Rs 90, 000 cr package to provide only temporary relief to discoms but not long-term stability: India Ratings
The Rs 90,000 crore package would provide only a temporary relief to power distribution companies but not long-term stability, India Ratings and Research (Ind-Ra) said on Tuesday
New Delhi: The Rs 90,000 crore package would provide only a temporary relief to power distribution companies but not long-term stability, India Ratings and Research (Ind-Ra) said on Tuesday.
Finance Nirmala Sitharaman earlier this month announced Rs 90,000 crore liquidity infusion for discoms, saying that they owe Rs 94,000 crore to power generation companies.
"India Ratings and Research (Ind-Ra) believes that the bailout package of Rs 900 billion would only provide a temporary relief to power distribution companies (discoms)," Ind-Ra said in a statement.
The loans will be provided to discoms against guarantees by state governments and will be used to clear their liabilities towards central public sector enterprise generating and transmission companies (gencos/transcos), independent power producers and renewable energy gencos.
However, this benefit has not been extended to discoms for payables towards state gencos.
Most of the states and their discoms while joining the Ujwal DISCOM Assurance Yojana (UDAY) scheme launched in 2015 had agreed to achieve a number of milestones relating to aggregate technical and commercial (AT&C) losses, elimination of ACS-ARR gap (difference between average cost of supply and average revenue realisation), distribution transformer/feeder metering etc.
However, these milestones have mostly remained unachieved. As a result, despite the transfer of a major portion of debt from the books of discoms to state governments, the finances of several discoms have remained in reds and weak, even prior to COVID-19 related lockdown.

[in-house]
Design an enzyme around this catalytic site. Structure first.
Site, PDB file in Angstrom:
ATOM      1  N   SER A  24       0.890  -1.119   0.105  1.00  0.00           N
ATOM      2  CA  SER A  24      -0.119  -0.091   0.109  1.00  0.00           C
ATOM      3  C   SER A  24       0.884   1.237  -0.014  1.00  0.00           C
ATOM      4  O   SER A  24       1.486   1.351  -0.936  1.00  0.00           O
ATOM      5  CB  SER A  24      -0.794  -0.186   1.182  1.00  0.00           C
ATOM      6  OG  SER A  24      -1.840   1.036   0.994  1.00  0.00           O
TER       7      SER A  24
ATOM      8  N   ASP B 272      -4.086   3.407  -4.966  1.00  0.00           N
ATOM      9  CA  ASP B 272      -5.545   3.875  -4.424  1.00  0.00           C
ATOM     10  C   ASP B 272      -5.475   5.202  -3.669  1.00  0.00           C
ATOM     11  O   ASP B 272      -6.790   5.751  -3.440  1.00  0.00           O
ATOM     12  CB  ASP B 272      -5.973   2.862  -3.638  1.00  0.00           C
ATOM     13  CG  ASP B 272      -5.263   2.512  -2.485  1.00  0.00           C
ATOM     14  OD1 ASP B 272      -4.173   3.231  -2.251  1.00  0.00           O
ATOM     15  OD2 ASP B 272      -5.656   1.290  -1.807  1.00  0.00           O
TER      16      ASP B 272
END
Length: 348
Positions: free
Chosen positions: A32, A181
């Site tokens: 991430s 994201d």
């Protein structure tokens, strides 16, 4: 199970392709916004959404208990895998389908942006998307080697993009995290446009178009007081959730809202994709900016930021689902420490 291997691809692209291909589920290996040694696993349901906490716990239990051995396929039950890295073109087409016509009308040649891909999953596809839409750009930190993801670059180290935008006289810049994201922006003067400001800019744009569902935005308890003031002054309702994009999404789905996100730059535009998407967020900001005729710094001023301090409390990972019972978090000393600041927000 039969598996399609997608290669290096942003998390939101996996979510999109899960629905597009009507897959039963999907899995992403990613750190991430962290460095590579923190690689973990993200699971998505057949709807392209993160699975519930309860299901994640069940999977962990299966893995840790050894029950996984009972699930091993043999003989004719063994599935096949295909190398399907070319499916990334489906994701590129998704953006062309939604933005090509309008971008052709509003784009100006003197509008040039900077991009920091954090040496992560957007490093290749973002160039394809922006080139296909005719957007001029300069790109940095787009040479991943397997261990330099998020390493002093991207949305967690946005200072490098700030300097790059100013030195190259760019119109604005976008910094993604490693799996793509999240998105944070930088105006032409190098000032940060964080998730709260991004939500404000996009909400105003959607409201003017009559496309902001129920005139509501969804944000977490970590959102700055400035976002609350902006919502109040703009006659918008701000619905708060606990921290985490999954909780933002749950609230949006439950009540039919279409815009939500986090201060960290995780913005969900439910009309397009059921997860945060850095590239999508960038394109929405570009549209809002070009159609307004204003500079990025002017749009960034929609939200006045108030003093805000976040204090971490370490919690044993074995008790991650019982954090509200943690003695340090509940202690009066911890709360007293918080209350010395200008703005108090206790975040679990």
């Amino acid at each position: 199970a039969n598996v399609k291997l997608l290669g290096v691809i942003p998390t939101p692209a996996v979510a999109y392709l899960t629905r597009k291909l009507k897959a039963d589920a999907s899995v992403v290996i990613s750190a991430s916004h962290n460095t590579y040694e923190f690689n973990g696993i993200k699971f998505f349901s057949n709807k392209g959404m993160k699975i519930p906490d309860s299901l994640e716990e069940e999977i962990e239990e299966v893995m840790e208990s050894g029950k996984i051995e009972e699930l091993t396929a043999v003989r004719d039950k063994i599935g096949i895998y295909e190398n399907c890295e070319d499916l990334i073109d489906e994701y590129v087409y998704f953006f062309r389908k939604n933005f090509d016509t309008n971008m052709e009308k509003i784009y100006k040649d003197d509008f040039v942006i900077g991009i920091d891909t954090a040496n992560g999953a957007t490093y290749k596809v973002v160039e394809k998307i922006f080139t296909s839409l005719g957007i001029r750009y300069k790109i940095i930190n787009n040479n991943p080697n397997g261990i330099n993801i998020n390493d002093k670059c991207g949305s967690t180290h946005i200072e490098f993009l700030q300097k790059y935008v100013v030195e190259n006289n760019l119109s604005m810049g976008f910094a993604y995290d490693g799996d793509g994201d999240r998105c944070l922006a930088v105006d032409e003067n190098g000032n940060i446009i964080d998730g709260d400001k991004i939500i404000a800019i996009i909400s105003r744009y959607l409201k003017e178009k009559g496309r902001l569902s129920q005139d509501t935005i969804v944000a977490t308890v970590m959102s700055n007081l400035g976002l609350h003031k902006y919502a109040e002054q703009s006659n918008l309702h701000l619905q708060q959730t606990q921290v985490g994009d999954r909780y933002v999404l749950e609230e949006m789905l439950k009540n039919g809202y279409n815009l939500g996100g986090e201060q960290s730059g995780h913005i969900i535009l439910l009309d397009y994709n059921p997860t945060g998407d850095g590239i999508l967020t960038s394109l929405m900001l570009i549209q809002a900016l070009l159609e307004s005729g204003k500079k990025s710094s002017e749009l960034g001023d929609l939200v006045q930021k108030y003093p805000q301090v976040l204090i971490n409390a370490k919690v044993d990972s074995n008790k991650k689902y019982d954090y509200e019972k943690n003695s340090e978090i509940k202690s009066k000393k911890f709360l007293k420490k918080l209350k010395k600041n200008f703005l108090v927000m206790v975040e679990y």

The lockdown has only aggravated the stress of discoms.
Therefore, Ind-Ra believes the infusion of Rs 900 billion (Rs 90,000 crore) would not provide any long-term stability to their finances, so long as the legacy issues relating to operations such as low billing and collection efficiency, high AT&C losses, delayed receipt of subsidy and high receivables are not methodically addressed.
Although some states such as Delhi, Gujarat, Andhra Pradesh have maintained their AT&C (aggregate technical and commercial) losses to the UDAY target of 15 percent or below, the majority of the states especially large power-consuming states namely Madhya Pradesh, Karnataka, Rajasthan, Uttar Pradesh, Maharashtra are still way away for the aforesaid target, it said.
Due to the nation-wide lockdown, the revenue collection of discoms from the industry and commercial segments has nearly dried-up.
Although the supply to households continues, revenue collection was on the lower side. Collectively, these revenues were not enough to even absorb fixed costs fully. This meant further net losses for discoms. As the lockdown has also adversely affected states’ finances, even most state governments would find it difficult to provide the necessary support to their discoms, it added.
According to an Ind-Ra study, 21 major states lost Rs 971 billion (Rs 97,100 crore) in April 2020 alone due to the lockdown.
Although the Centre has relaxed the borrowing limit of states under the FRBM Act to give some headroom to states, it will not be enough, given the fallout of COVID-19 pandemic, it said.
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